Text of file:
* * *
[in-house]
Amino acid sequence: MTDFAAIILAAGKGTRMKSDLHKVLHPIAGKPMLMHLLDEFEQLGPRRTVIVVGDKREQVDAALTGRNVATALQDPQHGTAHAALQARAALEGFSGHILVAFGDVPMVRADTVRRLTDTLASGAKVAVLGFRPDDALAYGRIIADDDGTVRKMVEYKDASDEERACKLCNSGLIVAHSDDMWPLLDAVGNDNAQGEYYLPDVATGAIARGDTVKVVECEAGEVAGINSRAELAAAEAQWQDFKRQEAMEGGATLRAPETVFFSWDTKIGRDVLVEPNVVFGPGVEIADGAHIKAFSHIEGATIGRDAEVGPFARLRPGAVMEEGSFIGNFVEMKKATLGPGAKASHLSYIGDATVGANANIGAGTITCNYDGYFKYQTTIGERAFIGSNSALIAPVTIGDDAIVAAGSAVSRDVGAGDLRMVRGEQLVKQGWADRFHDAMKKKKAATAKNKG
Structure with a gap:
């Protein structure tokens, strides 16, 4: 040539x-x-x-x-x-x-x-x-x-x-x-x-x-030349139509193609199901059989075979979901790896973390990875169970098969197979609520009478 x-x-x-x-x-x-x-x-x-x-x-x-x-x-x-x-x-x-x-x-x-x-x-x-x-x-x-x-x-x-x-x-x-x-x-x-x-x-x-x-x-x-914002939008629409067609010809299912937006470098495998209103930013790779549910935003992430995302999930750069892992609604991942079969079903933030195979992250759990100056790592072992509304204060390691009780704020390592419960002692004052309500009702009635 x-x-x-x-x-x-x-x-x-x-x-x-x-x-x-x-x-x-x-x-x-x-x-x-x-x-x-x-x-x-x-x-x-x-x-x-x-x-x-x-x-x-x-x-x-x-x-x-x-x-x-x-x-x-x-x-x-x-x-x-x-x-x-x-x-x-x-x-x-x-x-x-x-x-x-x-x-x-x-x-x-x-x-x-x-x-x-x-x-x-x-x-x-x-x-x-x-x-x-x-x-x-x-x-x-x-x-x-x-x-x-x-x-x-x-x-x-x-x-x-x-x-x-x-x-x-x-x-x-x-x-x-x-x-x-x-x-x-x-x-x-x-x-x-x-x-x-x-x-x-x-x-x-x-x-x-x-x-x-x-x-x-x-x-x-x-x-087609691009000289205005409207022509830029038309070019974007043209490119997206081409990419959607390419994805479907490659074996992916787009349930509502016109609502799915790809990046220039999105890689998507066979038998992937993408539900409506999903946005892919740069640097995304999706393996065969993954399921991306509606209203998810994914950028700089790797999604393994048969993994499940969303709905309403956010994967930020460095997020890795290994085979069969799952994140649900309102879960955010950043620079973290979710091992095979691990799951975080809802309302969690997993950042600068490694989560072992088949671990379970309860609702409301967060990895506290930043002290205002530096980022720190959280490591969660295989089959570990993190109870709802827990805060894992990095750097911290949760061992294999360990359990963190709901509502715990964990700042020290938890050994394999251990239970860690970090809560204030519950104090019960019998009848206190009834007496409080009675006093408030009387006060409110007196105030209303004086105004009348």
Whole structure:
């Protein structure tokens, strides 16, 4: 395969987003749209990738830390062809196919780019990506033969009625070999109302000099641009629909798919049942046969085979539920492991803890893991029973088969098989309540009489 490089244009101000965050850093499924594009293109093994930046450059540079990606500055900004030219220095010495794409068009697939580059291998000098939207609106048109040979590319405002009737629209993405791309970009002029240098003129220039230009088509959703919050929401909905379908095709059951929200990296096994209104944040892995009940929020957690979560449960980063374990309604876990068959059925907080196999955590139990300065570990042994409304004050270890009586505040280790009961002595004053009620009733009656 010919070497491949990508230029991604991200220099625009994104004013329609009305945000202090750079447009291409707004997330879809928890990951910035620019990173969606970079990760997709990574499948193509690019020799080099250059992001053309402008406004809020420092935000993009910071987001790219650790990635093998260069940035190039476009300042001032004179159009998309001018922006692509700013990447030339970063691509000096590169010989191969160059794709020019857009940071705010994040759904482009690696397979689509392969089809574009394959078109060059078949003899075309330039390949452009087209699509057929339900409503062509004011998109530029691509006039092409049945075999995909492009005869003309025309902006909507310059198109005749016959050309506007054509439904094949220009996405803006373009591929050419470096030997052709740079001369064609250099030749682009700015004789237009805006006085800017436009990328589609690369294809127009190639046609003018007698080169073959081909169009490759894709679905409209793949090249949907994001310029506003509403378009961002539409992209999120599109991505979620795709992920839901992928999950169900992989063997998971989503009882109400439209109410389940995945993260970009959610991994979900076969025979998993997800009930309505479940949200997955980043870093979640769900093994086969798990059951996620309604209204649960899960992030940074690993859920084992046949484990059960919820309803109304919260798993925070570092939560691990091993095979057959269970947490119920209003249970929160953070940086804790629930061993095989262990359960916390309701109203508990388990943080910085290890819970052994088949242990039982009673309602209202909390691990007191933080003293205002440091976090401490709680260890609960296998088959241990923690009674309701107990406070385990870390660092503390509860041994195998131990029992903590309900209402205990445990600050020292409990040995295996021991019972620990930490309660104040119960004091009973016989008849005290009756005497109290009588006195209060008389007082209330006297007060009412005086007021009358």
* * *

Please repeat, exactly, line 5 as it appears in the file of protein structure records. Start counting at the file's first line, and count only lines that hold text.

Whole structure: